More wins followed against Pruitt and Angel Garcia, before he twice faced Joao Henrique. The Brazilian top level fighter, drawing in ten and losing a close decision to him. Lion Furuyama, Clyde Gray and future world champion Pedro Adique then joined the growing list of notables beaten by this flying bug of a fighter. Having lost a rematch to Bunny Grant, Perkins went to Austria, where he put 27-2-1 prospect Johann Orsolics in his place by knocking him out in four, before traveling to my nation  of Puerto Rico and outpointing the smooth future world Welterweight champion Angel “Cholo” Espada over ten rounds at San Juan.

As if that was not enough, towards the end of his career, Perkins had the double achievement of twice defeating the ferocious and younger Armando “Mando” Muniz by decision in California. Muniz was a Latin and Los Angeles favorite who gave Carlos Palomino and Jose Napoles hell in four abortive world title tries. Perkins then  lost to Rocky Mattioli, before retiring with three more losses.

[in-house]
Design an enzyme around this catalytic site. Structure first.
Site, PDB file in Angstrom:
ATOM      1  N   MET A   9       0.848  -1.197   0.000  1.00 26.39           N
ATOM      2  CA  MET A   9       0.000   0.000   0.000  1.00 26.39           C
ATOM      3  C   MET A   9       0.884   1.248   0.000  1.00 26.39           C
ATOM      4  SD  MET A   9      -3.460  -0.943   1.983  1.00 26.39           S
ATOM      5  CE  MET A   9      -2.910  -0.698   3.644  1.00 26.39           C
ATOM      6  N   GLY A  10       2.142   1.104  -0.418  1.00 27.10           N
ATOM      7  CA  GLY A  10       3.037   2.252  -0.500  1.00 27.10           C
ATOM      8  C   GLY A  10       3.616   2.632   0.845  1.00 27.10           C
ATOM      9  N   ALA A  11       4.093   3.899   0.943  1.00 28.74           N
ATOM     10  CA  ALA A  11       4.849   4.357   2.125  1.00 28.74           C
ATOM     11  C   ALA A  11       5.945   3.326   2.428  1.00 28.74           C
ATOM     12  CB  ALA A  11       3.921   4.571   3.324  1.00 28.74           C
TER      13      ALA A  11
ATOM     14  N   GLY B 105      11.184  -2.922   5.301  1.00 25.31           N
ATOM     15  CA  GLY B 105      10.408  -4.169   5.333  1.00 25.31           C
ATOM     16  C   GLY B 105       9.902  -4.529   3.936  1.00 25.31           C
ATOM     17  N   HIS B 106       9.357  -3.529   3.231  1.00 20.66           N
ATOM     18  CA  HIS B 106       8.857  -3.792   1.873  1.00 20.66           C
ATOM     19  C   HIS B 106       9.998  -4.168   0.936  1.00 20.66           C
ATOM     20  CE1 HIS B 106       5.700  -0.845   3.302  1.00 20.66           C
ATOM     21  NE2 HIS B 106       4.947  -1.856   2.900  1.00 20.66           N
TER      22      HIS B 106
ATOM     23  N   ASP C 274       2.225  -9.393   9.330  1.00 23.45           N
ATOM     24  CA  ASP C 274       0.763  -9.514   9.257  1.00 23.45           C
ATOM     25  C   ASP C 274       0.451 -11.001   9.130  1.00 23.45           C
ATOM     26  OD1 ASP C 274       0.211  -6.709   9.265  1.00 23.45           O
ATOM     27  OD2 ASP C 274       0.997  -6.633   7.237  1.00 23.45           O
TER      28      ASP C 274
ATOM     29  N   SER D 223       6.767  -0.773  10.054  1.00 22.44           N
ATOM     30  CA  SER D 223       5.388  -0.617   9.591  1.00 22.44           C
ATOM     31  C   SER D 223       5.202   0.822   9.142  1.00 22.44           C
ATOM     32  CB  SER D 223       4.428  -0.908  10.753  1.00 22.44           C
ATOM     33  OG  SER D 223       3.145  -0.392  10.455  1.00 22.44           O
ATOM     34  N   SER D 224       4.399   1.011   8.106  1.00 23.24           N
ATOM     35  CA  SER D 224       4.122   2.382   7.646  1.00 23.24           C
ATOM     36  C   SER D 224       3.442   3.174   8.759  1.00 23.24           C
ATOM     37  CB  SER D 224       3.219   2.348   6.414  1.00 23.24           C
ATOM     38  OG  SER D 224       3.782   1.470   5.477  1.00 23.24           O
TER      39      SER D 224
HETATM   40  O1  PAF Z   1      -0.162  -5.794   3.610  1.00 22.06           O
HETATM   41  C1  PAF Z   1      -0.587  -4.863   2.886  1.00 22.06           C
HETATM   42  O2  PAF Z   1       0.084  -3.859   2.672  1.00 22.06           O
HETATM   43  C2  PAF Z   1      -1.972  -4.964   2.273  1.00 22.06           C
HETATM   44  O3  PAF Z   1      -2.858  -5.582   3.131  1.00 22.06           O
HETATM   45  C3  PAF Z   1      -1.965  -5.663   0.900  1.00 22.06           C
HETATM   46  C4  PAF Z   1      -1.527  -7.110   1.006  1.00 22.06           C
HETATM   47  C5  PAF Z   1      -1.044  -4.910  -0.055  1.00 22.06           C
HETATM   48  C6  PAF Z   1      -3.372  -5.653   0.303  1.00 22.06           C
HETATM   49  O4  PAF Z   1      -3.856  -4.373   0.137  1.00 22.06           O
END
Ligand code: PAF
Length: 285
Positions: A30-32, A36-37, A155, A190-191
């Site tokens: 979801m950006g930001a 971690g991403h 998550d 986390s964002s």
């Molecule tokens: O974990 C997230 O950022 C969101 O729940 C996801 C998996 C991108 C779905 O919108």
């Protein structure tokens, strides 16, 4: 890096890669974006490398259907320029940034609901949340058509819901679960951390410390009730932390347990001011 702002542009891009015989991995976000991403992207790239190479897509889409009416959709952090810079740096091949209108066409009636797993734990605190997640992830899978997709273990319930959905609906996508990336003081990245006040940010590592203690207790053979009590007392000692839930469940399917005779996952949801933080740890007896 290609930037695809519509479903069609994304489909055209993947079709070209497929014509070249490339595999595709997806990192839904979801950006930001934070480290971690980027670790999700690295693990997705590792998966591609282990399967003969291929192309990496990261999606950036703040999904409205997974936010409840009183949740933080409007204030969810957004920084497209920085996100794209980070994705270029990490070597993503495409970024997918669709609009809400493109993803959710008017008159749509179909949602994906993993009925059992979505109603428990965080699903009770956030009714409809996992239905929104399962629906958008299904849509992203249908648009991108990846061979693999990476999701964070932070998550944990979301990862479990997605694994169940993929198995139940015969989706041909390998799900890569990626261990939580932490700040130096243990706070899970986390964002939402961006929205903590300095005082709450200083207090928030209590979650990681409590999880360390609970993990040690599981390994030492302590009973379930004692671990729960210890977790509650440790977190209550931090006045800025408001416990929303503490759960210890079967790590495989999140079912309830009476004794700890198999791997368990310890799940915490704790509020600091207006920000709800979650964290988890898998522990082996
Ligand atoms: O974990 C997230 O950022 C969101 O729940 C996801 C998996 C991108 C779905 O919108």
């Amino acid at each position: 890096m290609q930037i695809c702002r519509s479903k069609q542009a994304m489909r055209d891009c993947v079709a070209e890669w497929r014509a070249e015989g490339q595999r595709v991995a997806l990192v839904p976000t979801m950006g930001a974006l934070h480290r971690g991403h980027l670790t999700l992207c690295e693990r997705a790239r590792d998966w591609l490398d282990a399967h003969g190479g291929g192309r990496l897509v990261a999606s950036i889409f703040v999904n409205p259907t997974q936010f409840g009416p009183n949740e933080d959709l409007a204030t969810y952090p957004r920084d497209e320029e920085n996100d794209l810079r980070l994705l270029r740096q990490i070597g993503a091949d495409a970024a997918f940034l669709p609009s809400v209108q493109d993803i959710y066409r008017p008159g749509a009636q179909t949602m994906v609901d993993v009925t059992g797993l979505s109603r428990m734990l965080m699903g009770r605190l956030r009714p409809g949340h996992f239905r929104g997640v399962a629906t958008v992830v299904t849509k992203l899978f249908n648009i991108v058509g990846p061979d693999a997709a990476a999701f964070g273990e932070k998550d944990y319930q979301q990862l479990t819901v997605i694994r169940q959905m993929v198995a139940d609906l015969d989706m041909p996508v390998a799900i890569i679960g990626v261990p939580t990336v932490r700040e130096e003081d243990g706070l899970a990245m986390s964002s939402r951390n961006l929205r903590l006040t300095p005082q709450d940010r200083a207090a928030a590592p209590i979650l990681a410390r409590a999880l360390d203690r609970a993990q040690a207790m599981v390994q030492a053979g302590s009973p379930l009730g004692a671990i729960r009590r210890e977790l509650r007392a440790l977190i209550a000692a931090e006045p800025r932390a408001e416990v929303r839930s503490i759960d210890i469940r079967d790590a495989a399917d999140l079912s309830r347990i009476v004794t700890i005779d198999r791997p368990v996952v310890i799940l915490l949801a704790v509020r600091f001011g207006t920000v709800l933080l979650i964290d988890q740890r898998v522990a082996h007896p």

As incredible as it might sound, with all those great names put together, in his career, Perkins was only stopped once in 95 bouts!!!  

A champion like him, deserves to be always remembered! Here’s to you, old champ and may you rest in peace!!

(Note: I would like to dedicate this article to the 12 people who lost their lives in the Aurora, Colorado, theater massacre. Jonathan Blunk, 26, Alexander Boik, 18, Jesse Childress, 29, Gordon Cowden, 51, Jessica Ghawi, 24, John Larimer, 27, Matt McQueen, 27, Micayla Medek, 22, Veronica Moser-Sullivan, 6, Alex Sullivan, 27, Alexander C. Teves, 24 and Rebecca Wingo, 32, all also deserved to be remembered forever. May you all also rest in pace and remember that we will never forget you).